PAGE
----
The Financial Times reports that AIG is up to its old tricks, back again to the trough for more money.
Christmas The Iceland credit default swaps settlement is coming soon, you know.
The worst is that AIG is pretending to act as if this is a negotiation as opposed to extortion. Get a load of this crap:
AIG’s executives were on Friday night locked in negotiations with the authorities over a plan that could involve a debt-for-equity swap and the government’s purchase of troubled mortgage-backed securities from the insurer.
Ahem, are they trying to help the government by coming up with a fig leaf? Are they assuming that everyone forgot the terms of the original loan? From the Fed’s press release:
The interests of taxpayers are protected by key terms of the loan. The loan is collateralized by all the assets of AIG, and of its primary non-regulated subsidiaries. These assets include the stock of substantially all of the regulated subsidiaries. The loan is expected to be repaid from the proceeds of the sale of the firm’s assets. The U.S. government will receive a 79.9 percent equity interest in AIG and has the right to veto the payment of dividends to common and preferred shareholders.
The “interests of taxpayers are protected bit” now looks like a complete joke. The original loan was ALREADY secured by ALL of AIG’s assets. Everything that could be hocked WAS ALREADY hocked. And the government has a 79.9% equity interest. So what is this talk of a debt for equity swap? The government doesn’t want to go over 79.9%, then it has to consolidate the operations on its balance sheet. And it has the right of first refusal on everything else (the fact that it has all the assets as security means they cannot be sold unless the proceeds are remitted to the Fed. The mechanics ought to be that AIG gets some sort of waiver in order to complete a sale, but I am certain somewhere the lawyers have a procedure in mind, since it was understood from the get-go that AIG would repay the loan via asset sales).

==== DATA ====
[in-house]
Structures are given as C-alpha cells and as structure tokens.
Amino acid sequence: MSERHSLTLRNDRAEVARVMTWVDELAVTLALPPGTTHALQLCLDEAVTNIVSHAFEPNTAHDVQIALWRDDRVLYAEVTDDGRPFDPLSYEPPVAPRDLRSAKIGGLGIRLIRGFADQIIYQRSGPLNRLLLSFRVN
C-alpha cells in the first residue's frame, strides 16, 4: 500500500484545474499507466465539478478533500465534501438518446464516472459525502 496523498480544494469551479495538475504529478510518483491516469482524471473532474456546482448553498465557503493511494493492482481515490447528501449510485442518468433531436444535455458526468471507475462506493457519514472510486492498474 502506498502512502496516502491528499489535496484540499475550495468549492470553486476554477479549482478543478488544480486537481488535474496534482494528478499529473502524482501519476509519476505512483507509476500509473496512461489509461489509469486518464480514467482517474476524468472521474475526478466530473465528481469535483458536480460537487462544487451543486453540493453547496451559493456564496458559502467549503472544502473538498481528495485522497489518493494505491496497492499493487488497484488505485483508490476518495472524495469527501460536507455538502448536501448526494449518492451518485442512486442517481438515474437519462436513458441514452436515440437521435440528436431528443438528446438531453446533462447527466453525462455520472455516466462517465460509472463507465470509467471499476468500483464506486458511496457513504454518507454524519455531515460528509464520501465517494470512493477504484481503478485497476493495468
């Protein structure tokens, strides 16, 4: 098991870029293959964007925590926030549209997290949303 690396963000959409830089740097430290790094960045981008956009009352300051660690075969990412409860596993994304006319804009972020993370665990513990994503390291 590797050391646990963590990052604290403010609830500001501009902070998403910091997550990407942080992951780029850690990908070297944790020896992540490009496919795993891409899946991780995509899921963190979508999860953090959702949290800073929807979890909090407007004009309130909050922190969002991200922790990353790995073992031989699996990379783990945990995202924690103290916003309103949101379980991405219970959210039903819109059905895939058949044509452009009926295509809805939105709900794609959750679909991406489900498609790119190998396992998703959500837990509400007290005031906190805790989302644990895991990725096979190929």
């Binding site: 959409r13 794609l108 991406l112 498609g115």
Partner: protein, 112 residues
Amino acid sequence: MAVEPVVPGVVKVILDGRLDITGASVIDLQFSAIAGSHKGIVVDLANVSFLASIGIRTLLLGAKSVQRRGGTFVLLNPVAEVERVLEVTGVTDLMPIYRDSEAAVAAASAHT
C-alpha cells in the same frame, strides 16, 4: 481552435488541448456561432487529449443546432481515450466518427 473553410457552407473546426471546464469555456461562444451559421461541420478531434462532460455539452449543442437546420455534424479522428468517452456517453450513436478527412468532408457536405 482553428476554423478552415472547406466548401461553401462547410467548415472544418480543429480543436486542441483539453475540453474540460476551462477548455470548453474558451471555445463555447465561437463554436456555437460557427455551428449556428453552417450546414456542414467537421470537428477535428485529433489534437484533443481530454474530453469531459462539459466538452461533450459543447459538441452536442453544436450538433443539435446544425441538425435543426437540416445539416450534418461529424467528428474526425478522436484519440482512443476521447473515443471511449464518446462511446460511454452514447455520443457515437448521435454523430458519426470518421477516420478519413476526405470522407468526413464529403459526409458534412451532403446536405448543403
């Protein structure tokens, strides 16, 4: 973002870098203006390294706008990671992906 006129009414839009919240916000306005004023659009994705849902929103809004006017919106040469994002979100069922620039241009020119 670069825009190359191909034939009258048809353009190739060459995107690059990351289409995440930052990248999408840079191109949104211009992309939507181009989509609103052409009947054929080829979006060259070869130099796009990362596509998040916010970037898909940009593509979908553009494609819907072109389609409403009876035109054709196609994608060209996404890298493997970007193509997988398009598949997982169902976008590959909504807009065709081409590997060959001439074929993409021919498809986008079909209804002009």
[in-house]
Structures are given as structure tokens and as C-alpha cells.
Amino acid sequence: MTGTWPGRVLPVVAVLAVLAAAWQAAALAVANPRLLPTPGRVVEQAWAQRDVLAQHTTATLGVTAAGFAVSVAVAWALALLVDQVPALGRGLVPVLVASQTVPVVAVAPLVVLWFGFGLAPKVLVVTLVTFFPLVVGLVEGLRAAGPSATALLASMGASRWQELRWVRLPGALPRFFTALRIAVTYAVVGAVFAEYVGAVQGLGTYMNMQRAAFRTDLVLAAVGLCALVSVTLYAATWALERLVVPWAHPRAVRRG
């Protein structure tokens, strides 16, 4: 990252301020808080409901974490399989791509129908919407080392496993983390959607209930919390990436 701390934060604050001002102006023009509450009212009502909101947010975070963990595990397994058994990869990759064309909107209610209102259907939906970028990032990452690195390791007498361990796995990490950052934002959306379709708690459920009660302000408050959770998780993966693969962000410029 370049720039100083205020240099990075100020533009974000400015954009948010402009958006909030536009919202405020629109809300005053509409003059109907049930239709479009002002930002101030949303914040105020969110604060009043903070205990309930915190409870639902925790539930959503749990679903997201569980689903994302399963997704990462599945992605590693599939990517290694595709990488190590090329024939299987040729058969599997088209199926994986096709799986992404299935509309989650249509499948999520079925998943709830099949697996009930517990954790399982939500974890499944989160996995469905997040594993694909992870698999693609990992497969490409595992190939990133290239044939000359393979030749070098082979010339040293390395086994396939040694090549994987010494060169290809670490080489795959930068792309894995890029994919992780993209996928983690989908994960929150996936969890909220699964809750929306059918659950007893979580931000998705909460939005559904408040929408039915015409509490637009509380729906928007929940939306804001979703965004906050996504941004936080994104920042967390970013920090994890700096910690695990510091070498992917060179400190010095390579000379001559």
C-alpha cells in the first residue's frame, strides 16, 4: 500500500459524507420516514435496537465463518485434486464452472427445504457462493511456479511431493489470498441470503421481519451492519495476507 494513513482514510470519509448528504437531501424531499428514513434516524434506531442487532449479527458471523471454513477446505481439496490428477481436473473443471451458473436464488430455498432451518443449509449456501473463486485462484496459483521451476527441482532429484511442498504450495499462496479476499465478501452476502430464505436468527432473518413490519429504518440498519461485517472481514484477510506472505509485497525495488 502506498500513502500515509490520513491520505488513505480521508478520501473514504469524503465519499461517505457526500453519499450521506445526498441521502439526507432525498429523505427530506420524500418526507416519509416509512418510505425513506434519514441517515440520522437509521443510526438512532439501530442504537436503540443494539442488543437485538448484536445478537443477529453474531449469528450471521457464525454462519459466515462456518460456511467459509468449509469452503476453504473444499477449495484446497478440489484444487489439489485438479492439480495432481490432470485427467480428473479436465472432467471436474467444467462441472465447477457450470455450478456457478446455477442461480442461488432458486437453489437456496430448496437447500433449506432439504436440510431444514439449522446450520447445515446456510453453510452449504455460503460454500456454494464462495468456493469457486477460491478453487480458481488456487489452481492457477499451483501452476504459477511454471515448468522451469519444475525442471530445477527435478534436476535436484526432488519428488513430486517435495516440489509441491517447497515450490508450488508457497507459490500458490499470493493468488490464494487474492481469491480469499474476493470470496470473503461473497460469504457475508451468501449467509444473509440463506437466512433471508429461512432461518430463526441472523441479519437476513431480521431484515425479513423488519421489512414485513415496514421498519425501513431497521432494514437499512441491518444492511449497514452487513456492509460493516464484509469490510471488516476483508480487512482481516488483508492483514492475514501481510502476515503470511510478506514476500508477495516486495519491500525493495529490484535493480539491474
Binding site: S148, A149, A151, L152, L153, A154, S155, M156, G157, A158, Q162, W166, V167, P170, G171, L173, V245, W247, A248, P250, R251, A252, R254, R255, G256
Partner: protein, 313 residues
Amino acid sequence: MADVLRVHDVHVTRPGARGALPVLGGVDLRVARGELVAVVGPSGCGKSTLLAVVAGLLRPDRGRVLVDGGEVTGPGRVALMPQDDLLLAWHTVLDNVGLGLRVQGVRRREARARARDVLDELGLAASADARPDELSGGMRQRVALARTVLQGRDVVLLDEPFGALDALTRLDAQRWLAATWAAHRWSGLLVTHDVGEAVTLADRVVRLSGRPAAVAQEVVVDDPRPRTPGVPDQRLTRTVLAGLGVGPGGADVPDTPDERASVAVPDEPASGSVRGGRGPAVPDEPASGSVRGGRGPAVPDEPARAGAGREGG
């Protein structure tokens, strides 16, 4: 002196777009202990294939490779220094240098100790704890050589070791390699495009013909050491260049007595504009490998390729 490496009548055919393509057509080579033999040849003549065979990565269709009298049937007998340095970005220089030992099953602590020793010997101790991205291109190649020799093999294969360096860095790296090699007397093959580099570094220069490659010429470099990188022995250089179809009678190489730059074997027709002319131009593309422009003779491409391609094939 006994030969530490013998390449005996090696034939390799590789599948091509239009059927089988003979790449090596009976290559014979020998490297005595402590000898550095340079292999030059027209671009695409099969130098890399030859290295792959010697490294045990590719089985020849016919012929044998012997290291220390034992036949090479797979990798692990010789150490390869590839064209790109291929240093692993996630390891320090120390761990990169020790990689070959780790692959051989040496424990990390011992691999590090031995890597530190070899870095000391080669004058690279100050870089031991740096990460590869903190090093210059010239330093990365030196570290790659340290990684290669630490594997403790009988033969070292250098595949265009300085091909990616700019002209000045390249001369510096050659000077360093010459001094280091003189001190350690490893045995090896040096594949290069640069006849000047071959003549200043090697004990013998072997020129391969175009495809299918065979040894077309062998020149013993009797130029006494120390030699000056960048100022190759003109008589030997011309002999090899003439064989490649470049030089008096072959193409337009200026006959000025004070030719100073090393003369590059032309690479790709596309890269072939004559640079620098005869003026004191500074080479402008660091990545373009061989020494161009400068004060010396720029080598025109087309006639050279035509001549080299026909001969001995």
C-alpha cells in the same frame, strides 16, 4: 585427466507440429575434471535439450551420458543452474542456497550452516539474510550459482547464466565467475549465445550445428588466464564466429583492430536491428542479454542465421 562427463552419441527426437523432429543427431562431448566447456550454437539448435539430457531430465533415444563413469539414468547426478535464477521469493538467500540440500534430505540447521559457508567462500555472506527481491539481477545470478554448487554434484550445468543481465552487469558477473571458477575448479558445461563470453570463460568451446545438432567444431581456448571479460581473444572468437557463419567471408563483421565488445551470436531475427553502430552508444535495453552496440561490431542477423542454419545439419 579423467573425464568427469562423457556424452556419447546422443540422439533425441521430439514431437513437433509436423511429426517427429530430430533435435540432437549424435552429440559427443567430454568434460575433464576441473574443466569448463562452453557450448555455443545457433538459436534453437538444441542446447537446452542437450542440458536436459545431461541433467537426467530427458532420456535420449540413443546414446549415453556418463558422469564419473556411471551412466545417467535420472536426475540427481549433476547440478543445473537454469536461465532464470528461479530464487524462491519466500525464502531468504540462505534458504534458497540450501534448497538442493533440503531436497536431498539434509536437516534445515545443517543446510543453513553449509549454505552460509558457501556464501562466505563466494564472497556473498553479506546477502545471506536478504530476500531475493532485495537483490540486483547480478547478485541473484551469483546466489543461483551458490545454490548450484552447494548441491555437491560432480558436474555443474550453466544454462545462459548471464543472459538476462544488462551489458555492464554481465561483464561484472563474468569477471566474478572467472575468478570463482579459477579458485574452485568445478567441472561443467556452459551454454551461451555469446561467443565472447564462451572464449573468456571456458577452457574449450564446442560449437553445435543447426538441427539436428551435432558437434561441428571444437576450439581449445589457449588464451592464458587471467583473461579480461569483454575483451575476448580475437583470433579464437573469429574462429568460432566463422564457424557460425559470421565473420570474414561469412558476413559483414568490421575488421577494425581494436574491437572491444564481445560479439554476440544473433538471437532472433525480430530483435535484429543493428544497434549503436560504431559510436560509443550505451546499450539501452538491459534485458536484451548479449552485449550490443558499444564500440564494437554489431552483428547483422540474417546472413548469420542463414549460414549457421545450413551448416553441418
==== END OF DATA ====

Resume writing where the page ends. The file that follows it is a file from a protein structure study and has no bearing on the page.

The idea of selling dodgy MBS to the Fed is also ludicrous, but that does not mean the Fed will not go ahead with it. Again, the Fed now has ALL of AIG’s assets as security. So it is going to increase what it lends to AIG, since AIG really has the upper hand, and AIG is offering the ruse of pledging the MBS because other banks have used MBS as collateral for loans, and version 1.0 of the TARP was to have banks sell crappy MBS to Treasury. So AIG presumably hopes that the Fed will gamble that the generally inattentive public at large will think this latest move resembles other bank rescue activities and therefore will not make angry calls to Congressmen. But this is all a ruse.
This is the essence of AIG’s latest proposal:
Man walks into pawn broker. He says to the person behind the counter, “You know that watch I brought in two weeks ago? I know you lent me $85, but now I need another $50. And I will tell you why you will give it to me. I have a gun with me. I will blow my brains out here, right now. With your nice carpet, I guarantee it will cost you more than $50 to clean up your store. And that’s before we get into the cost of keeping your store closed while you clean my grey matter off your walls and what my suicide might do to your store’s reputation.”
Oh, and we forgot to mention that the man in the story above pulled the same trick last week and it worked like a charm.